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The Contemporary Pacific 13.1 (2001) 178-183

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(Re)visioning Knowledge Transformation in the Pacific: A Response to Subramani's "The Oceanic Imaginary"

David Welchman Gegeo

It is a privilege to comment on "The Oceanic Imaginary" by Subramani, a very distinguished Pacific Island writer whose work I have long admired. His Dialogue article is especially welcome because it raises issues that lie at the core of my own research and that point the direction for Pacific Island writers and scholars who want to (re)create Native Pacific Islander ways of understanding and writing about Pacific issues. We Pacific Islanders have been trying to move in this direction for a long time, and it seems that we finally have enough of a critical mass to accomplish our objective. Among the many important points Subramani raises, I will confine my comments to the issues of decolonizing pedagogies and constructing indigenous, 1 native, or local epistemologies.

With regard to decolonizing pedagogies and discourses, it seems to me we take for granted several issues for which we must find solutions. First, as Subramani has pointed out, is the tension between the need to use English in order to get published and read by an international audience, and the desire to write in our own, various local and native language varieties. Subramani himself related his experience with trying to publish in Fiji Hindi. Yet writing in English undermines our ability to represent our native, indigenous, or developing meanings and epistemologies (as has been well demonstrated in the applied linguistics research literatures on language and authenticity and language policy). This problem leads outsiders to believe that we Pacific Islanders are not capable of thinking critically and deeply about issues, have nothing original to contribute from the basis of our native knowledge of our own culture(s), or that we have nothing new to say--that researchers and other scholars from the metropolis have exhausted all the possibilities. Yet we know when we read work by these researchers and scholars on the Pacific just how very much is missing. [End Page 178]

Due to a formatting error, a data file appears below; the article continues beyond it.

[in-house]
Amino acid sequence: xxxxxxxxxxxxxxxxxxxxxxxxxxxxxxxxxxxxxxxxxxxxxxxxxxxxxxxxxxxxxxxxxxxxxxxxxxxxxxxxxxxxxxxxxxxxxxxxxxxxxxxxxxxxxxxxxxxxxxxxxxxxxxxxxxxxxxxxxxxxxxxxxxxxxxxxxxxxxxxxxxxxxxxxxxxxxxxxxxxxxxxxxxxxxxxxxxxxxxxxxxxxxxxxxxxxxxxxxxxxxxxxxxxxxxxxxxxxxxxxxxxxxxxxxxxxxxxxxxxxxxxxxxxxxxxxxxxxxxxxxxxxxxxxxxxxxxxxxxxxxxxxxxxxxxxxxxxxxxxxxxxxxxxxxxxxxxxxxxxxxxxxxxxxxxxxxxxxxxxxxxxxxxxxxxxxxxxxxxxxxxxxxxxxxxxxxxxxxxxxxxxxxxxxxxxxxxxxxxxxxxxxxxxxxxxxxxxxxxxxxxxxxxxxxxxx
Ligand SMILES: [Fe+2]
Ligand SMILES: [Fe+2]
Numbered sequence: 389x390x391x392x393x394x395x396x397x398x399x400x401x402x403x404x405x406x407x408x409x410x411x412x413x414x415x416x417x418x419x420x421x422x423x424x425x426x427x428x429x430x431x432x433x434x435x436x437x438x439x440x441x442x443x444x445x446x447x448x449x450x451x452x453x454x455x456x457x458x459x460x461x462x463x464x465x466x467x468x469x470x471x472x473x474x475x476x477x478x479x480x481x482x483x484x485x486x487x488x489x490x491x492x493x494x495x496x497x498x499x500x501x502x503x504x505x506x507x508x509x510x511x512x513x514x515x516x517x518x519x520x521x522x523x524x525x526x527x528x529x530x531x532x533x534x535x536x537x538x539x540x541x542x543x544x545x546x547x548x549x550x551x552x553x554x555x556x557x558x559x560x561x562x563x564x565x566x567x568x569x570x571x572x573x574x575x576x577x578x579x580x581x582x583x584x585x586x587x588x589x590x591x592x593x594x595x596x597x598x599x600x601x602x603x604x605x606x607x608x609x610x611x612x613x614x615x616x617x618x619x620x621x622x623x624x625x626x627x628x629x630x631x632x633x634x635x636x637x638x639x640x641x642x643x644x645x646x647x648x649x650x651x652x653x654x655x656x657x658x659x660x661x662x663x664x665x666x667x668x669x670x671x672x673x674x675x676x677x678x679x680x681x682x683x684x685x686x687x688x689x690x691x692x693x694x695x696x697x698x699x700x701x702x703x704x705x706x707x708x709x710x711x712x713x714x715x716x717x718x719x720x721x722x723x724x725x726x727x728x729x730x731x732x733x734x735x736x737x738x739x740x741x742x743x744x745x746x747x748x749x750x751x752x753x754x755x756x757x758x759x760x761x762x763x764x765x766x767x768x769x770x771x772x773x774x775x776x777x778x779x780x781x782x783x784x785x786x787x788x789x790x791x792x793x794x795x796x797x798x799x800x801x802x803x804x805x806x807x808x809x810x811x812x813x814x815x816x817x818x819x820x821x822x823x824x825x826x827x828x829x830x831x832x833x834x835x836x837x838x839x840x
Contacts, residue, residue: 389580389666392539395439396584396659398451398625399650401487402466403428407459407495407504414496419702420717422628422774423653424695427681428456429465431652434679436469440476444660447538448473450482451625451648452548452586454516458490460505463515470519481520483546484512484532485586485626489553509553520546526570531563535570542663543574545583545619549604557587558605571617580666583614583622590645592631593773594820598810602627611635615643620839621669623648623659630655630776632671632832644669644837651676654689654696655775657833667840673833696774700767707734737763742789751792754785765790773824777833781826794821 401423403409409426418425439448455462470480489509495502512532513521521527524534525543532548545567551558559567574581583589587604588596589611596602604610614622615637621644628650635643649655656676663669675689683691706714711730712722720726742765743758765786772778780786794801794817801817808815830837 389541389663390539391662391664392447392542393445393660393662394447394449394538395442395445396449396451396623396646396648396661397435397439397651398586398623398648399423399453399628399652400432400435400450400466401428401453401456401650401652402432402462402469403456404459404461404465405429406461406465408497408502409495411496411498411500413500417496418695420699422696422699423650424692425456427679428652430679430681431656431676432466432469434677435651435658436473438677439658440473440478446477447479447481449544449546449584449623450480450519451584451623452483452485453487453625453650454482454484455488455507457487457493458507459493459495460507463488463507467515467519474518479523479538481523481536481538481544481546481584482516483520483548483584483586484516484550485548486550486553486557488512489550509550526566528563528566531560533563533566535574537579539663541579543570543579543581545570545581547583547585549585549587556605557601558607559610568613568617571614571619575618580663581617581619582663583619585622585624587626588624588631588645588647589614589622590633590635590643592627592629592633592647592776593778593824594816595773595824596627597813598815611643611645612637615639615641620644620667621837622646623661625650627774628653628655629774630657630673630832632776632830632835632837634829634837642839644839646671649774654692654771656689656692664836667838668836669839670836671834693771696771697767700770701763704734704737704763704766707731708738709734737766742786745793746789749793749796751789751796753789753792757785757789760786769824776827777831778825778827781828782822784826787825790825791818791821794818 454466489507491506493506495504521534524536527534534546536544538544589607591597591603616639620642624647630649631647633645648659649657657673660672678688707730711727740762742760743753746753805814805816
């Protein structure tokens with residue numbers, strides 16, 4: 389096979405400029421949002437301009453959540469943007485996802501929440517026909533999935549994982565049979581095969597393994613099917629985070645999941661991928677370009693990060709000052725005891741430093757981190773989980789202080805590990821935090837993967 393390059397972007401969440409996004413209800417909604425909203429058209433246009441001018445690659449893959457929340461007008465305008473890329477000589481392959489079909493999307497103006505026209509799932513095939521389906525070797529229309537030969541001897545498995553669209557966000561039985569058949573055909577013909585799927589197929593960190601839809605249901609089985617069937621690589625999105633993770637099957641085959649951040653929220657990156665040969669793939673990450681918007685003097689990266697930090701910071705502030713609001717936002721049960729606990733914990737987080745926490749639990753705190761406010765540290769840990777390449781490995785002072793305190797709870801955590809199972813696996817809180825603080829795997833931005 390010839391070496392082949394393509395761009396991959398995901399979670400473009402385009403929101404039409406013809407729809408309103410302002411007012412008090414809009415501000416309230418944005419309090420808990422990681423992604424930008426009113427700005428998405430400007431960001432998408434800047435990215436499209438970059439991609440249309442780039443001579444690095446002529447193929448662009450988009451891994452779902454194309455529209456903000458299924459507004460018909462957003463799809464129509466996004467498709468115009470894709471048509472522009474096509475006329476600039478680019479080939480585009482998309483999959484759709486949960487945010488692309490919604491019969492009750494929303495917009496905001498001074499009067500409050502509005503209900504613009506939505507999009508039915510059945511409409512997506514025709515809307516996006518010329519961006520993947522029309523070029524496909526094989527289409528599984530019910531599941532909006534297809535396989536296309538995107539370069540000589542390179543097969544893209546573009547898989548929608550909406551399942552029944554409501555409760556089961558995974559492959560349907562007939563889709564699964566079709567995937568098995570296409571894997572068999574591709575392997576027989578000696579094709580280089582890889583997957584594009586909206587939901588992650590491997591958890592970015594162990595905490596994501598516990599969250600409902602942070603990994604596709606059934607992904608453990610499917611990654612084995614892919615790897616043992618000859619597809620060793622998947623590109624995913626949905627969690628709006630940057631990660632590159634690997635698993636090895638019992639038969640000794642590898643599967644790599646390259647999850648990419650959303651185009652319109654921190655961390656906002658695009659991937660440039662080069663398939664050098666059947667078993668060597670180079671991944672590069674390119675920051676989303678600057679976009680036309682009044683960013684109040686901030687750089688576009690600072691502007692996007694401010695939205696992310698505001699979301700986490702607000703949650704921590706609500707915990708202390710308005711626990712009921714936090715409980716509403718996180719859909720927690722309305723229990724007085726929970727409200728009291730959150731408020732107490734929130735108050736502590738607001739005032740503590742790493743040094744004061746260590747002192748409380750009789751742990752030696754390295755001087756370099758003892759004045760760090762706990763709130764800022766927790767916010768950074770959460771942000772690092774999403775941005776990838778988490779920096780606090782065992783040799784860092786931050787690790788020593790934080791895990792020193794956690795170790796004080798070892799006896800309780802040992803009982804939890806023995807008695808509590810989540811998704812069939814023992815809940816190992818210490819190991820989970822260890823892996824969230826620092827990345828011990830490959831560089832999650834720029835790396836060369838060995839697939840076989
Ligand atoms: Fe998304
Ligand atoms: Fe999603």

Second, Subramani emphasized the need to move away from the vision of Oceania projected by Anglo-European scholars and writers. Surely this movement away must include a dehierarchizing of what seems to be an increasing tendency to celebrate a few Pacific Islander writers and to bypass others. Over the years I have often come across excellent work by Islander writers who have been essentially ignored by the Pacific Islander community. The writers who seem to be most recognized in the hierarchy are, ironically, those who sell the best in Anglo-European markets. They also seem to be those who have mastered the discourses of Anglo-European writing and scholarship. It is rather hypocritical of us to argue for a Pacific Islander voice while we uncritically employ the standards and evaluations of Anglo-Europeans.

Third, we need once and for all to eliminate the Anglo-European categories that still tend to imprison us in outdated, meaningless terminologies that divide us rather than unite us, as well as determine our discursive practices. Here I am thinking especially of category labels such as Melanesia, Micronesia, Polynesia, Indo-Fijian, Chinese-New Guinean, and the like. These category labels come with a host of assumptions that are deeply embedded in colonization. We need to develop a new vocabulary that is more equalizing and respectful of cultural diversity and gender. Certainly it is easy to get rid of Melanesia, Micronesia, and Polynesia, and refer to people by their islands, that is, by place and space. In fact, we Pacific Islanders never use such labels when we meet each other. Maori will say they are from Aotearoa, someone from the Cook Islands will say "I am from Rarotonga," or another island of the group. We never say, "I'm a Polynesian" or "I'm a Micronesian" or "I'm a Melanesian." The people who most need to be educated on this point are researchers from the metropolitan countries, especially anthropologists, because Anglo-European anthropological scholarship...